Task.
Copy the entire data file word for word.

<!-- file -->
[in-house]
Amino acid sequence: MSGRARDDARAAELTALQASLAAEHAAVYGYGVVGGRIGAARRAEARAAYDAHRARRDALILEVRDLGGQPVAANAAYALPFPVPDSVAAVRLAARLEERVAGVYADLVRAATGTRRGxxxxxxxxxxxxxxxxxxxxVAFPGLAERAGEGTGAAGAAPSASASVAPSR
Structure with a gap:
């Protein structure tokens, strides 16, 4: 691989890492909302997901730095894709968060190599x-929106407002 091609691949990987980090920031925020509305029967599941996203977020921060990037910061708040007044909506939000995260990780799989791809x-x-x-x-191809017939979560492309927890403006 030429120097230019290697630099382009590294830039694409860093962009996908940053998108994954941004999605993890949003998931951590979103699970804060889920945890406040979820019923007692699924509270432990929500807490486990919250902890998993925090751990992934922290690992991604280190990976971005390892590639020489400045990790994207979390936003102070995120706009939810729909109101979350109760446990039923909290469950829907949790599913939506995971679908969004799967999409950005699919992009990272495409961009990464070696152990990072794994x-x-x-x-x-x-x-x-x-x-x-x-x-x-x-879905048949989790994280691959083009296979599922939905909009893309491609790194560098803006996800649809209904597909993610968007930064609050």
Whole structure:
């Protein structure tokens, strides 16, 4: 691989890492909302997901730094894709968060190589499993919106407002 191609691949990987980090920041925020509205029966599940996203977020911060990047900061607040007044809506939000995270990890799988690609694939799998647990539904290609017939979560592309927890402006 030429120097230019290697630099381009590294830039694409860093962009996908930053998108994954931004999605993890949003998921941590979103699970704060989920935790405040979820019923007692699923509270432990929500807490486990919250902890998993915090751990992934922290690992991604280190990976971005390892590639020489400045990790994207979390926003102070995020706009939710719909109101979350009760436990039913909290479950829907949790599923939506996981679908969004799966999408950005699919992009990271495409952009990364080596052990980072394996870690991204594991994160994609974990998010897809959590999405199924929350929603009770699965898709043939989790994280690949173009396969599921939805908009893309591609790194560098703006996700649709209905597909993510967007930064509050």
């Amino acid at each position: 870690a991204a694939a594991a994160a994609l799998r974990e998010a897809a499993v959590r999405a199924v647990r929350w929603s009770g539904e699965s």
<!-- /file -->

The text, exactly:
[in-house]
Amino acid sequence: MSGRARDDARAAELTALQASLAAEHAAVYGYGVVGGRIGAARRAEARAAYDAHRARRDALILEVRDLGGQPVAANAAYALPFPVPDSVAAVRLAARLEERVAGVYADLVRAATGTRRGxxxxxxxxxxxxxxxxxxxxVAFPGLAERAGEGTGAAGAAPSASASVAPSR
Structure with a gap:
């Protein structure tokens, strides 16, 4: 691989890492909302997901730095894709968060190599x-929106407002 091609691949990987980090920031925020509305029967599941996203977020921060990037910061708040007044909506939000995260990780799989791809x-x-x-x-191809017939979560492309927890403006 030429120097230019290697630099382009590294830039694409860093962009996908940053998108994954941004999605993890949003998931951590979103699970804060889920945890406040979820019923007692699924509270432990929500807490486990919250902890998993925090751990992934922290690992991604280190990976971005390892590639020489400045990790994207979390936003102070995120706009939810729909109101979350109760446990039923909290469950829907949790599913939506995971679908969004799967999409950005699919992009990272495409961009990464070696152990990072794994x-x-x-x-x-x-x-x-x-x-x-x-x-x-x-879905048949989790994280691959083009296979599922939905909009893309491609790194560098803006996800649809209904597909993610968007930064609050």
Whole structure:
């Protein structure tokens, strides 16, 4: 691989890492909302997901730094894709968060190589499993919106407002 191609691949990987980090920041925020509205029966599940996203977020911060990047900061607040007044809506939000995270990890799988690609694939799998647990539904290609017939979560592309927890402006 030429120097230019290697630099381009590294830039694409860093962009996908930053998108994954931004999605993890949003998921941590979103699970704060989920935790405040979820019923007692699923509270432990929500807490486990919250902890998993915090751990992934922290690992991604280190990976971005390892590639020489400045990790994207979390926003102070995020706009939710719909109101979350009760436990039913909290479950829907949790599923939506996981679908969004799966999408950005699919992009990271495409952009990364080596052990980072394996870690991204594991994160994609974990998010897809959590999405199924929350929603009770699965898709043939989790994280690949173009396969599921939805908009893309591609790194560098703006996700649709209905597909993510967007930064509050």
């Amino acid at each position: 870690a991204a694939a594991a994160a994609l799998r974990e998010a897809a499993v959590r999405a199924v647990r929350w929603s009770g539904e699965s």